Nvidia CEO Jensen Huang says AI has ‘hit tipping point’ as revenues soar

Chief executive of the world’s leading chip maker Nvidia says that artificial intelligence (AI) has reached a global tipping point, as revenues soar.

California-based Nvidia is responsible for more than 70 per cent of AI chip sales, with an even larger hold on training generative AI models. With the AI boom still in full flow, the company posted a barnstorming set of quarterly earnings yesterday. Revenues rose by a whopping 265% to reach $22bn between October 2023 and January 2024, compared to the year before.

For 2023 as a whole, turnover reached over $60bn. At the same time, Nvidia became one of the most valuable companies in the United States, with its stock market value rising by 225% over the 12 months – although that stock has recently started to fall.

Nvidia chief executive Jensen Huang attributes the success to the continued rise of AI, saying on Wednesday (Feb 21): “Accelerated computing and generative AI have hit the tipping point. Demand is surging worldwide across companies, industries and nations.”

The boom isn’t showing any signs of slowing down either, with Nvidia predicting a 233% jump in its quarterly revenues for the current quarter – higher than analysts’ earlier predictions from last year.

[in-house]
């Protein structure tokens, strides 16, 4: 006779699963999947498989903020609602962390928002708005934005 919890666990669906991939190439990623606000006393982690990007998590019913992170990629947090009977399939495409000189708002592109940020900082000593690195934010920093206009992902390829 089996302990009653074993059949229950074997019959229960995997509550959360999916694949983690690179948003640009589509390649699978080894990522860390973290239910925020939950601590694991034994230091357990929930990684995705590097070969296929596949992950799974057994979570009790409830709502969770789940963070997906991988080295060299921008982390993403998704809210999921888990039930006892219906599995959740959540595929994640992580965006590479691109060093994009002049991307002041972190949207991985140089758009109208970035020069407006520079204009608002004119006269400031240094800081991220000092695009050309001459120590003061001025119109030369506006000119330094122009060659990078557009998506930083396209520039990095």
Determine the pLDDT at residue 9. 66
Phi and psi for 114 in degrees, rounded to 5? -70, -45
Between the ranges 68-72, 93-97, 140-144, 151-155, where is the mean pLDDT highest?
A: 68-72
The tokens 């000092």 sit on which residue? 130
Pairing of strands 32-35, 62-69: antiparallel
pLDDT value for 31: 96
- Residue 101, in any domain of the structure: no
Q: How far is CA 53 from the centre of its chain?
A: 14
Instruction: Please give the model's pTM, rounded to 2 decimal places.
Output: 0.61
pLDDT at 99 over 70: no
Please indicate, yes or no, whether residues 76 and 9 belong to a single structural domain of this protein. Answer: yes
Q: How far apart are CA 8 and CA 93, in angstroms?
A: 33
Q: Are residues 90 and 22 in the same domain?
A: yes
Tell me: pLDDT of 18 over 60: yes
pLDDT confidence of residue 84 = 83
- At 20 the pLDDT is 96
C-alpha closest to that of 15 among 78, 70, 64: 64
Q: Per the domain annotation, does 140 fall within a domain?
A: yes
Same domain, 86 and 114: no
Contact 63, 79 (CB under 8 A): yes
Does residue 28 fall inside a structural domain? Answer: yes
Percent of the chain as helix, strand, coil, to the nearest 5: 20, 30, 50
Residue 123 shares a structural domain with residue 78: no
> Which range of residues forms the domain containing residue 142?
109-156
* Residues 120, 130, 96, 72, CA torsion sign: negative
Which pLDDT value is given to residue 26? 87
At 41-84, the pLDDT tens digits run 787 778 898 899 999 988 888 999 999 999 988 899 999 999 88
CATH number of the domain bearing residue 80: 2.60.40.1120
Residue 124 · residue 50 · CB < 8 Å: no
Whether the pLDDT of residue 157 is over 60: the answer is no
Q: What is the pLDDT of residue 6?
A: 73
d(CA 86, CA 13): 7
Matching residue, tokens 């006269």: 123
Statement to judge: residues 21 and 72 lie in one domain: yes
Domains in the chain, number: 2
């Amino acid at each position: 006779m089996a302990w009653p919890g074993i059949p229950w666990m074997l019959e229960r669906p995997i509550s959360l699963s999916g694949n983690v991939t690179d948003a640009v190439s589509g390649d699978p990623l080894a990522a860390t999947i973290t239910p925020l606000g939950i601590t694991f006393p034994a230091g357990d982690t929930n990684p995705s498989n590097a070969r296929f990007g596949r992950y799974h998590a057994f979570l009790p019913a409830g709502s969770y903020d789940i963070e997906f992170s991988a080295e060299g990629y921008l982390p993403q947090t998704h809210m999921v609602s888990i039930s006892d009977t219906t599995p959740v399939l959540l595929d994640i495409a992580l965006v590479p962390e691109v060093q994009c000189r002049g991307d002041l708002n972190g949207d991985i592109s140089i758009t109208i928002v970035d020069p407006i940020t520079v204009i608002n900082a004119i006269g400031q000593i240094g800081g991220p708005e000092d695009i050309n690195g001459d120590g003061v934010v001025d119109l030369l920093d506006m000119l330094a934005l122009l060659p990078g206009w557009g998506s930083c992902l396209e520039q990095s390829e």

Over the past year, the company’s stock price has risen over three times its previous value, boosting Nvidia’s total market capitalization to surpass the $1.5 trillion mark (one of only seven trillion dollar companies in the world) and making it the flagship AI stock with retail and institutional investors. 

Challenges to Nvidia’s AI growth

However, that’s not to say it’s all without its own challenges. Supply chain issues and strained relations between China (the second-largest global economy) and the US are among some of the main obstacles that Nvidia has described.

In addition, with more and more companies wanting to tap into the emergence of AI, more competition will enter the market, presenting new challenges to the market leader. While Nvidia has dominated in the early stages of the AI market, it will also need to defend its place as top dog as more companies enter the field.

“Nvidia… will see challenges on the way up because first the revenue growth will likely stabilise and the euphoria regarding these growth and growth perceptions will level out,” Ipek Ozkardeskaya, a senior analyst at Swissquote told the BBC, adding that Nvidia might be “constrained by their own capacity to respond to this fast-surging demand”.

Featured image: DALL-E

Rachael Davis

Freelance Journalist

Rachael Davies
has spent six years reporting on tech and entertainment, writing for publications like the Evening Standard, Huffington Post, Dazed, and more. From niche topics like the latest gaming mods to consumer-faced guides on the latest tech, she puts her MA in Convergent Journalism to work, following avenues guided by a variety of interests. As well as writing, she also has experience in editing as the UK Editor of The Mary Sue , as well as speaking on the important of SEO in journalism at the Student Press Association National Conference. You can find her full portfolio over on Muck Rack or follow her on social media on X.

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